The New Pornographers miss the mark on Whiteout Conditions

Whiteout ConditionsThe New Pornographers are arguably indie rock’s most beloved super group, even if they were never really a super group to begin with. Their solo careers really started to take off once the band became huge in the early '00s, following a string of great albums that received popular and critical acclaim. With songwriter A.C. Newman as the band’s driving force, The New Pornographers quickly became Canada’s most treasured power pop act. In 2017, they feel more like a bunch of friends that get together and jam than a full-functioning band. Band members come and go, and on Whiteout Conditions, there’s been a major change in their line-up.

Alright, so bad news first: Dan Bejar (also known as the guy behind Destroyer) is sitting this album out, allegedly because the songs he had been writing were too mellow and slow for Whiteout Conditions’ frantic energy.  Bejar was never the band’s primary songwriter, but his songs often played a nice counterpart to Newman’s, something that this album sorely misses. The good news is that Bejar’s absence means that we get more Neko Case than ever. She is the band's most recognisable singer and, now that Bejar has decided to take a rest from the Pornos, the only active member of the band whose solo career is as good as it ever was. Her voice is still a force of nature, so it’s no coincidence that she takes lead in most of the album’s best songs.

Most of the album highlights have Case all over them – as in the hook-filled “This Is The World of The Theatre”, which is one of the most accomplished hits they’ve ever written. Whiteout Conditions starts just fine – the synth-ridden “Play Money” is one of the best pop songs you’re going to hear this year, and the following three tracks (all of them released as singles) are about as strong. Unfortunately, the large majority of the remaining songs here are just average power pop tunes that Newman could probably write in his sleep. The lovely, understated '80s ballad “We’ve Been Here Before” shakes things up a little, but it’s not enough to turn an otherwise lacklustre second half into a compelling experience.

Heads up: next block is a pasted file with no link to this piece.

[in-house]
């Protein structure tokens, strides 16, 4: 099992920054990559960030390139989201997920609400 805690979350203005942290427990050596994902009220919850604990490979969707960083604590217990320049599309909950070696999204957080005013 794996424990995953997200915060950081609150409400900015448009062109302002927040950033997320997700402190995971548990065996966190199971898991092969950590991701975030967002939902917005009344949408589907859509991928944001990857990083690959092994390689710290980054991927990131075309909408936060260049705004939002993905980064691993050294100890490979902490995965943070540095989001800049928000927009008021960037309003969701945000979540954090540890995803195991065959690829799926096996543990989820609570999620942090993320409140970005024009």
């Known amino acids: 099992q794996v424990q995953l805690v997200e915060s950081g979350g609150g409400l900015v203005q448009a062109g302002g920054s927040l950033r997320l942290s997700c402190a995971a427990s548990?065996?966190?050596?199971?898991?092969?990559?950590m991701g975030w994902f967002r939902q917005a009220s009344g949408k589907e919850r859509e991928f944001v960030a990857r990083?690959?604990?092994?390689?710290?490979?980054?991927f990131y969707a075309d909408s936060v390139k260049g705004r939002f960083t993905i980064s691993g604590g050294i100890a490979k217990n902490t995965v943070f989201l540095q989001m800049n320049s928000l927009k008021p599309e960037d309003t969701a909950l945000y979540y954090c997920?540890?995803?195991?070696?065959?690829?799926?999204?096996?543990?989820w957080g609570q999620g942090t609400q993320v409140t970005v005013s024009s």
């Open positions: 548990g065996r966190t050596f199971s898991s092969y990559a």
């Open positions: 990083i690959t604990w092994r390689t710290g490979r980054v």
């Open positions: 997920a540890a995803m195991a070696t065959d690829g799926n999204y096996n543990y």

The album does maintain a lovely electronic aesthetic throughout, which at least makes it an interesting listen. They manage to get the sound right; it’s just that the songs aren’t there this time. Whiteout Conditions mostly feels like adult-oriented rock made specifically for NPR listeners, lacking the drive that propelled previous New Pornographers albums.  On the bright side of things, there are three or four songs here that clearly stand out from the rest, and which should be included in any future greatest hits compilation. But as a whole, Whiteout Conditions just doesn't cut it.

Release: 7th April 2017, Collected Works Records / Concord


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